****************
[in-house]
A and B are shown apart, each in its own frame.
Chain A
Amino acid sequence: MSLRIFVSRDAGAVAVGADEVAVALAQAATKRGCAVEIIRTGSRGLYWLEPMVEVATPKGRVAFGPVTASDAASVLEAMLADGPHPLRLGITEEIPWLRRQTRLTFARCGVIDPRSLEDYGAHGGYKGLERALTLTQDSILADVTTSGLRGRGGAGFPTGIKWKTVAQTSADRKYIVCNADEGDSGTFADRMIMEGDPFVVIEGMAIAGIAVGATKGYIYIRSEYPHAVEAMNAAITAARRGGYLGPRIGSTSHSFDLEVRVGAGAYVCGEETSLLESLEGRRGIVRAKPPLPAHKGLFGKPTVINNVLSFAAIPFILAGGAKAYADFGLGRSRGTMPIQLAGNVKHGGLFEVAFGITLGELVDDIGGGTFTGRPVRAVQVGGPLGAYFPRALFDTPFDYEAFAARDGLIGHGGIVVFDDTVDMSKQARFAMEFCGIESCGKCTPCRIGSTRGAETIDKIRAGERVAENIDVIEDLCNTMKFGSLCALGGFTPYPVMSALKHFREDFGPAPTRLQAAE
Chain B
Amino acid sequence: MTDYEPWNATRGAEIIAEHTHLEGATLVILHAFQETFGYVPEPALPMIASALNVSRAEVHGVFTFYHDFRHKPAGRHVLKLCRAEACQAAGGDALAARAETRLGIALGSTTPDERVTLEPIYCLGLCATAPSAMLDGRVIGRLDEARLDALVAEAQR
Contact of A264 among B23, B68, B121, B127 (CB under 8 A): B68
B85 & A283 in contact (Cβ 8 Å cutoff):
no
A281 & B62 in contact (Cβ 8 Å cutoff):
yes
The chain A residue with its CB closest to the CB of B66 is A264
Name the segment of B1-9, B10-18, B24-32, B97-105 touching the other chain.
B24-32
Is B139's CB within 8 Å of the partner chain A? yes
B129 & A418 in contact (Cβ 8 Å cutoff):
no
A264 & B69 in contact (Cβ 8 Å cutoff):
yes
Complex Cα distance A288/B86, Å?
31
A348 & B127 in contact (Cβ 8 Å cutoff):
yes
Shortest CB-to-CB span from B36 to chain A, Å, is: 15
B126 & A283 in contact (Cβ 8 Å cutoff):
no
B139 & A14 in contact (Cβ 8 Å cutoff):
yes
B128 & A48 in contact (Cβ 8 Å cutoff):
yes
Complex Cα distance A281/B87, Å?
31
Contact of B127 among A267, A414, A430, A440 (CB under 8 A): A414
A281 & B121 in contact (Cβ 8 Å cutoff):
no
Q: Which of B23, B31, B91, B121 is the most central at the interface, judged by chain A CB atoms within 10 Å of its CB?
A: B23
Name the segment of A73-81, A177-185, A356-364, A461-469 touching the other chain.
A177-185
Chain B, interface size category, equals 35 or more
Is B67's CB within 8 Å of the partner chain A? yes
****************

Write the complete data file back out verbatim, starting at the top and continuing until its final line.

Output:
[in-house]
A and B are shown apart, each in its own frame.
Chain A
Amino acid sequence: MSLRIFVSRDAGAVAVGADEVAVALAQAATKRGCAVEIIRTGSRGLYWLEPMVEVATPKGRVAFGPVTASDAASVLEAMLADGPHPLRLGITEEIPWLRRQTRLTFARCGVIDPRSLEDYGAHGGYKGLERALTLTQDSILADVTTSGLRGRGGAGFPTGIKWKTVAQTSADRKYIVCNADEGDSGTFADRMIMEGDPFVVIEGMAIAGIAVGATKGYIYIRSEYPHAVEAMNAAITAARRGGYLGPRIGSTSHSFDLEVRVGAGAYVCGEETSLLESLEGRRGIVRAKPPLPAHKGLFGKPTVINNVLSFAAIPFILAGGAKAYADFGLGRSRGTMPIQLAGNVKHGGLFEVAFGITLGELVDDIGGGTFTGRPVRAVQVGGPLGAYFPRALFDTPFDYEAFAARDGLIGHGGIVVFDDTVDMSKQARFAMEFCGIESCGKCTPCRIGSTRGAETIDKIRAGERVAENIDVIEDLCNTMKFGSLCALGGFTPYPVMSALKHFREDFGPAPTRLQAAE
Chain B
Amino acid sequence: MTDYEPWNATRGAEIIAEHTHLEGATLVILHAFQETFGYVPEPALPMIASALNVSRAEVHGVFTFYHDFRHKPAGRHVLKLCRAEACQAAGGDALAARAETRLGIALGSTTPDERVTLEPIYCLGLCATAPSAMLDGRVIGRLDEARLDALVAEAQR
Contact of A264 among B23, B68, B121, B127 (CB under 8 A): B68
B85 & A283 in contact (Cβ 8 Å cutoff):
no
A281 & B62 in contact (Cβ 8 Å cutoff):
yes
The chain A residue with its CB closest to the CB of B66 is A264
Name the segment of B1-9, B10-18, B24-32, B97-105 touching the other chain.
B24-32
Is B139's CB within 8 Å of the partner chain A? yes
B129 & A418 in contact (Cβ 8 Å cutoff):
no
A264 & B69 in contact (Cβ 8 Å cutoff):
yes
Complex Cα distance A288/B86, Å?
31
A348 & B127 in contact (Cβ 8 Å cutoff):
yes
Shortest CB-to-CB span from B36 to chain A, Å, is: 15
B126 & A283 in contact (Cβ 8 Å cutoff):
no
B139 & A14 in contact (Cβ 8 Å cutoff):
yes
B128 & A48 in contact (Cβ 8 Å cutoff):
yes
Complex Cα distance A281/B87, Å?
31
Contact of B127 among A267, A414, A430, A440 (CB under 8 A): A414
A281 & B121 in contact (Cβ 8 Å cutoff):
no
Q: Which of B23, B31, B91, B121 is the most central at the interface, judged by chain A CB atoms within 10 Å of its CB?
A: B23
Name the segment of A73-81, A177-185, A356-364, A461-469 touching the other chain.
A177-185
Chain B, interface size category, equals 35 or more
Is B67's CB within 8 Å of the partner chain A? yes